The Moscow Metro went from first using metal tokens to the ticketless, contactless 'Face Pay' system.
In 2021, the Moscow Metro introduced a facial recognition payment system.
The Russian capital's subway system has a long history and with it various ticket designs that were used. Check out how they changed throughout the years.
When the Moscow Metro opened in 1935, the first passengers used specially designed tokens to pay for rides. The tokens were metal and looked like this:
Along with the metal tokens, there also were paper tickets. Below are two examples of paper passes for one ride in the Moscow Metro.
At the beginning, not all of the stations were equipped with turnstiles. As the subway developed, turnstiles started spreading quickly and eventually appeared in most stations by the late 1950s. At that time, the Moscow Metro released a unified design of tokens that looked like this:
Yet, paper tickets never completely disappeared. They continued to be accepted along with the new tokens.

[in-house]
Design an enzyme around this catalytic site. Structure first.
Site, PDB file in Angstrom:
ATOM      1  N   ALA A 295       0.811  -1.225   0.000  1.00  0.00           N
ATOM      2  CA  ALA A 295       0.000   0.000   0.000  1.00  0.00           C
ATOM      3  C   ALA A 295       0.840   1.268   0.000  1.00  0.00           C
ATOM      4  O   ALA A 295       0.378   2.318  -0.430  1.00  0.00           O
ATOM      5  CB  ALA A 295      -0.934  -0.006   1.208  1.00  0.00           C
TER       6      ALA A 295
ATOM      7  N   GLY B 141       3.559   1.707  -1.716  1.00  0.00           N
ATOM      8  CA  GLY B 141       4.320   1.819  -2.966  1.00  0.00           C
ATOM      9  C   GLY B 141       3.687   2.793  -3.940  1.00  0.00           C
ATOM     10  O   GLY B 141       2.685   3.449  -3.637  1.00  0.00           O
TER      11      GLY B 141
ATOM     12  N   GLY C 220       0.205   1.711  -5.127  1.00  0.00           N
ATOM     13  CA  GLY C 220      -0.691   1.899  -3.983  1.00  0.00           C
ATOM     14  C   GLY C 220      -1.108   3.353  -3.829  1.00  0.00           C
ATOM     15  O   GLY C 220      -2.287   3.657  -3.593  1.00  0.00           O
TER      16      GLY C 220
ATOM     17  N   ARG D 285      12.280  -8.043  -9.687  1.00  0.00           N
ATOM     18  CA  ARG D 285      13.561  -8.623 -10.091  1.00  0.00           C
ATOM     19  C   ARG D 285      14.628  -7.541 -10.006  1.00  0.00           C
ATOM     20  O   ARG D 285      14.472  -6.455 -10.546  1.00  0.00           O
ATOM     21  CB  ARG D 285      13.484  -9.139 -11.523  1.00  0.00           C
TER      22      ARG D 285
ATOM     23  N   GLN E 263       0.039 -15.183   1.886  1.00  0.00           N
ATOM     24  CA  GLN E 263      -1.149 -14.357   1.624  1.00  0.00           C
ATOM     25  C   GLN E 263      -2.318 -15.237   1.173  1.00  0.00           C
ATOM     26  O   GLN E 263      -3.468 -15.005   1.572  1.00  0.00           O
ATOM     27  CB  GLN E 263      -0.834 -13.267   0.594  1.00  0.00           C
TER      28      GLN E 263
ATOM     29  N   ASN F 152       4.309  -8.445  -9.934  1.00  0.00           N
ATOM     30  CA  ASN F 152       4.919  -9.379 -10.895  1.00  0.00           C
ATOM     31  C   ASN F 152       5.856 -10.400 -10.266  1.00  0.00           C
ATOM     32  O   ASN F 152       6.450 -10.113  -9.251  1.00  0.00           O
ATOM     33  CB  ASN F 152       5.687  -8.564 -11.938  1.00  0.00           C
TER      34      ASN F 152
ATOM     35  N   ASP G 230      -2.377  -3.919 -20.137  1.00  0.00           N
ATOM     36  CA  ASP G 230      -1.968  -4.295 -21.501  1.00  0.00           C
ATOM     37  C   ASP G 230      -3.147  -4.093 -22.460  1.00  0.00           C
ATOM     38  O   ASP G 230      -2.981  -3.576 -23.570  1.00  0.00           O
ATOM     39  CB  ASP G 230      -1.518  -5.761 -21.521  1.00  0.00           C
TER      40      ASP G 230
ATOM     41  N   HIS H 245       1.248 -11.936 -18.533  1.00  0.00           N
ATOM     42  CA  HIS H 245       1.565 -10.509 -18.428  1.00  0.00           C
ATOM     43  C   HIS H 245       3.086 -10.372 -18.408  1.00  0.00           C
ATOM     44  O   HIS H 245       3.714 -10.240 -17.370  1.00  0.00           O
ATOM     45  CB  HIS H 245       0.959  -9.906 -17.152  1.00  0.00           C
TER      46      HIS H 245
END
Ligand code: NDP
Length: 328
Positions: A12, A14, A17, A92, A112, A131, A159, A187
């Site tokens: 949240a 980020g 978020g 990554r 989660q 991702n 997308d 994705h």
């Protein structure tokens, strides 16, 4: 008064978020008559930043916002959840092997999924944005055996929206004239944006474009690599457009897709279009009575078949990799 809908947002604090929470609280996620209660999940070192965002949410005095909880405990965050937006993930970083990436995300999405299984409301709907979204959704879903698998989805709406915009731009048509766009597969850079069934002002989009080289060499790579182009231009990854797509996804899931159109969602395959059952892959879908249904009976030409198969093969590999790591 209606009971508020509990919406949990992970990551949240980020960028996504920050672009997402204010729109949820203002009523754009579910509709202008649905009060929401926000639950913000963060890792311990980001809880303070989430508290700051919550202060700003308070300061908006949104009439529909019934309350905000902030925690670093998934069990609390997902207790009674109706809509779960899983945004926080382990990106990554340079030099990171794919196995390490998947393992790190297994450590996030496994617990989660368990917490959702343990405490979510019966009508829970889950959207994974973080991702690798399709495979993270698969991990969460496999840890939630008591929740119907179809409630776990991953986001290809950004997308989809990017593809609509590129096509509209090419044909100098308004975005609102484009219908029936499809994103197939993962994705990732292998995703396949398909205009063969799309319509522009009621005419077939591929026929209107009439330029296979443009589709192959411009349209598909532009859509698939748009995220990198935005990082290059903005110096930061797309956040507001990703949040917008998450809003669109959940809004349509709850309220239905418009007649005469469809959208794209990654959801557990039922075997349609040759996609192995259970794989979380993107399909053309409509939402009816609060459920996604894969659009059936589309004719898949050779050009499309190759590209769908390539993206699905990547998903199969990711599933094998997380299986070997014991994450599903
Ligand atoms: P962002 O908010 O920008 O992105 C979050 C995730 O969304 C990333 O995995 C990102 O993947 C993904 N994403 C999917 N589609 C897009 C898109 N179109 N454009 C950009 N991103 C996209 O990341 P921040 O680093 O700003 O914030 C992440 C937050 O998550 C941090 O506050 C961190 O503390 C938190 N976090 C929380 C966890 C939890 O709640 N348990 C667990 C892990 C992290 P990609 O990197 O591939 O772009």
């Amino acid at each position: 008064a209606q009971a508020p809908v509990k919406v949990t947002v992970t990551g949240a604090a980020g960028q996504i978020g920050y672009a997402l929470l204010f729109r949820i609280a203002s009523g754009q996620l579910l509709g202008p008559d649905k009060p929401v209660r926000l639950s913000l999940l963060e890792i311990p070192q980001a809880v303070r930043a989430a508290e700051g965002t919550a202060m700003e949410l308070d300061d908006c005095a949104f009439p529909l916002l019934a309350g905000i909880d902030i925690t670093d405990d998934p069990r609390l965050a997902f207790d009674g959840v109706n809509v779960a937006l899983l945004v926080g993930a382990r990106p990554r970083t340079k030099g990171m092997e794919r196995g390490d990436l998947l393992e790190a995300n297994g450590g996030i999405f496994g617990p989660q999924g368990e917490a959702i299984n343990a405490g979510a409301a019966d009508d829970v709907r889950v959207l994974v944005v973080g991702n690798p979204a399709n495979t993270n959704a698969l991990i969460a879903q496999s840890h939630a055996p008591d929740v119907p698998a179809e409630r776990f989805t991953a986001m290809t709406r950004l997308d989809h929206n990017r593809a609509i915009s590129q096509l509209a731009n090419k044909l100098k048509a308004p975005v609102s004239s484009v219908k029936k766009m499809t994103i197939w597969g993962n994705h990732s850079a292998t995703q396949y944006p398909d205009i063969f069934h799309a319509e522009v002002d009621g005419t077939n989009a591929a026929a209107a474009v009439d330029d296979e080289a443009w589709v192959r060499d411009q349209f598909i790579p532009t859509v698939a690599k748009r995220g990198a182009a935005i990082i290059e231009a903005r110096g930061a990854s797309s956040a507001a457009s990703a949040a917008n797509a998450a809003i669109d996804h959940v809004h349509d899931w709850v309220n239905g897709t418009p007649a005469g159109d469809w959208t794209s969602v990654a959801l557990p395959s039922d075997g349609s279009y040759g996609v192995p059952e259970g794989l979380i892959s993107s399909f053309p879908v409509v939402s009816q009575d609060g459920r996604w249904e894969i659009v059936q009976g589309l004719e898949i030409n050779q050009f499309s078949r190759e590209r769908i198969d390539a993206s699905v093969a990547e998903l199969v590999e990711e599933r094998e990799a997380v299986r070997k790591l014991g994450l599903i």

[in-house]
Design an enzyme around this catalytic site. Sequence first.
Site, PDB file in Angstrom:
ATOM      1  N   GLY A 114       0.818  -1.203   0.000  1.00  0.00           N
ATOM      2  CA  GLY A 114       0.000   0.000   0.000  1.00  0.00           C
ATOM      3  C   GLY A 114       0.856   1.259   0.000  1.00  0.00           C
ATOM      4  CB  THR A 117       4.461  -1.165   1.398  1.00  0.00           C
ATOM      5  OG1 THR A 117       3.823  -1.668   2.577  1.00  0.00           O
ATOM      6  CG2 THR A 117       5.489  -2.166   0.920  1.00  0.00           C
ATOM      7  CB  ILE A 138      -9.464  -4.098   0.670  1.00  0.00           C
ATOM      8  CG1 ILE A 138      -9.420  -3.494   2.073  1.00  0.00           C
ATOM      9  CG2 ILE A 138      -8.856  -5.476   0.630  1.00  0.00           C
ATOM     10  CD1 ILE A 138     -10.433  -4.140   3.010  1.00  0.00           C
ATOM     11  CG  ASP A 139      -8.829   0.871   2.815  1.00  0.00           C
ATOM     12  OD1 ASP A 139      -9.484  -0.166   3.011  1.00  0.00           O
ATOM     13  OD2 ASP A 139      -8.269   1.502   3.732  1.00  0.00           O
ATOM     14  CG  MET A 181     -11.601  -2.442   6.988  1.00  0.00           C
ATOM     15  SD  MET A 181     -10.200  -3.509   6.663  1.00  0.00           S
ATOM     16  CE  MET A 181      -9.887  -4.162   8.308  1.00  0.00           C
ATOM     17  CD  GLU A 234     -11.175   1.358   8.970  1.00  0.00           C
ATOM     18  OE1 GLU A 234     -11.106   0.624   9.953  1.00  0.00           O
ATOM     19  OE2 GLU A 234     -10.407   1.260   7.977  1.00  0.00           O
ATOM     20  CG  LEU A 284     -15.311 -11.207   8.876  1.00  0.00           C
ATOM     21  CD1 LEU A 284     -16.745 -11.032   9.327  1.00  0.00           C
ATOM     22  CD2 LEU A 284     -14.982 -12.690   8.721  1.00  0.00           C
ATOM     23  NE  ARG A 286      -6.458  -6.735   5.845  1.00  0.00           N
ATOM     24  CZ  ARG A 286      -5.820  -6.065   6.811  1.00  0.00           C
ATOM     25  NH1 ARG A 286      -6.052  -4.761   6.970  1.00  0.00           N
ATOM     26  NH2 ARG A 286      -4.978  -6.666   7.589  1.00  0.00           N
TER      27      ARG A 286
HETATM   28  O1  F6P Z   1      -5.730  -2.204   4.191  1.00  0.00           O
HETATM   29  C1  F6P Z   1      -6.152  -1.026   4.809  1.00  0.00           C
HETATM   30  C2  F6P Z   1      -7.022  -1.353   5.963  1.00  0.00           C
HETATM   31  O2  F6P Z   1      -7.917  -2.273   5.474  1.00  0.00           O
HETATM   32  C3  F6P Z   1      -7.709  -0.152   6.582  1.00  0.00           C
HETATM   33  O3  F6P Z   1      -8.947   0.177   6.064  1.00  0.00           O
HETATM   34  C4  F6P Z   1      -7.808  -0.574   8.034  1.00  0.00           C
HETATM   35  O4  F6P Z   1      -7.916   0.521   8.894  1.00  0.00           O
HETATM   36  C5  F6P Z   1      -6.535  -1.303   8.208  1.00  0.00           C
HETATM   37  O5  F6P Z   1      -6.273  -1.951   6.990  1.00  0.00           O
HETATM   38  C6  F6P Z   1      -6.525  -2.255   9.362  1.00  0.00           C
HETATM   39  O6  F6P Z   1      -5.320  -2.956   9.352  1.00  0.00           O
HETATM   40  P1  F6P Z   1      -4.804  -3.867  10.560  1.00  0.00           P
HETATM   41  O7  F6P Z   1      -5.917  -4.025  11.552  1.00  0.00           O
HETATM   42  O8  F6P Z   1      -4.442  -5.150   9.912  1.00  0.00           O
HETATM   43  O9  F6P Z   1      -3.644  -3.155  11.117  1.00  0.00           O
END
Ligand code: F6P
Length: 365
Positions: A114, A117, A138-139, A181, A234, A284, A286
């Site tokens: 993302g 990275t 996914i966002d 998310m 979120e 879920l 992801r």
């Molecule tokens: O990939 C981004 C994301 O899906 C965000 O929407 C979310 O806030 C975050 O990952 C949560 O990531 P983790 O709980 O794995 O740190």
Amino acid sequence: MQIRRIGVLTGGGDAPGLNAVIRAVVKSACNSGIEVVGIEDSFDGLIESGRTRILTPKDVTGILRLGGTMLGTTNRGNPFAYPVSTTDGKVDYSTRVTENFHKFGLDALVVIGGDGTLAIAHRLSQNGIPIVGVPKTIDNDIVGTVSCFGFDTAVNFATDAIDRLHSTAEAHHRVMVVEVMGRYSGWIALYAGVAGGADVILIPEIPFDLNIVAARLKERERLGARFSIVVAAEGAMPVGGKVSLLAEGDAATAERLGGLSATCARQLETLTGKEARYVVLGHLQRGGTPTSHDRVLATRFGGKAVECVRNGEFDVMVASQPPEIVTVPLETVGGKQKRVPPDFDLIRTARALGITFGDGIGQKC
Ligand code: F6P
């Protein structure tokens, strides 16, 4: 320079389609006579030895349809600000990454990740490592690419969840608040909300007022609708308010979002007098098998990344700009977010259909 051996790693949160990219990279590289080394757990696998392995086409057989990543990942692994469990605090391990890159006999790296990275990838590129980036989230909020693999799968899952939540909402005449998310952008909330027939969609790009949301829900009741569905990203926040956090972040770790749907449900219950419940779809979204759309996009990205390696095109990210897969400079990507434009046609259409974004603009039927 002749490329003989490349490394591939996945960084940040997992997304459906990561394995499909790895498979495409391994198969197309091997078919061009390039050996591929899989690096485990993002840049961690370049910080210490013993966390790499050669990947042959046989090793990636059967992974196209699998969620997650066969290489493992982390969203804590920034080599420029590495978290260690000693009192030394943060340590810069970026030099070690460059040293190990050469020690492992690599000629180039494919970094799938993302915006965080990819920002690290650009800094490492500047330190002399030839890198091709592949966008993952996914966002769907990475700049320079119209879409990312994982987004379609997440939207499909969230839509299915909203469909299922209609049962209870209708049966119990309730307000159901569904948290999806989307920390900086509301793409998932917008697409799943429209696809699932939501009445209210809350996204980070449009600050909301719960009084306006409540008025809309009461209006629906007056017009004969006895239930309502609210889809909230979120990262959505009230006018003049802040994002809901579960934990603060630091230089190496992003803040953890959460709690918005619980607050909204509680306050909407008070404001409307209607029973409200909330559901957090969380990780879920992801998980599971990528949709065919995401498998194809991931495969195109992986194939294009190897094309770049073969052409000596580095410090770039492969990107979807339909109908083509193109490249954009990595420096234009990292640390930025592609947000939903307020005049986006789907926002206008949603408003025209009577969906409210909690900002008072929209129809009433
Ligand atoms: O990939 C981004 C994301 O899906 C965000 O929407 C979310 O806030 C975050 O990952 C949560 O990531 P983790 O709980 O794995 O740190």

In 1961, the turnstiles in the Moscow Metro started accepting monetary coins of the five-kopeck denomination. Since this fare system was introduced, tokens and tickets disappeared for almost 30 years.
However, monthly passes sold in the Moscow Metro were still issued in a paper format. They looked like this:
In 1991, the year when the USSR collapsed, metal tokens made their way back to the Moscow Metro.
In 1993, these tokens were substituted with transparent plastic tokens that looked like this:
Interestingly, such a token could be broken in half and used twice as the turnstiles did not recognize the difference between an intact token and the one broken in half.
In the mid-1990s, magnetic paper tickets replaced tokens. At first, they were disposable and used only for one ride, but then the subway introduced monthly passes and passes for a certain number of rides.
In 1997, the Metro introduced more modern paper tickets that had a magnetic stripe on them. The tickets were designed to be used to pay for one or more rides.
Later on, modern paper tickets with built-in electronic chips replaced the paper tickets with magnetic stripes. The modern 'Troika' card, the first to be issued in plastic and which has now practically replaced all paper tickets, represents a design that most people who recently visited Moscow are familiar with.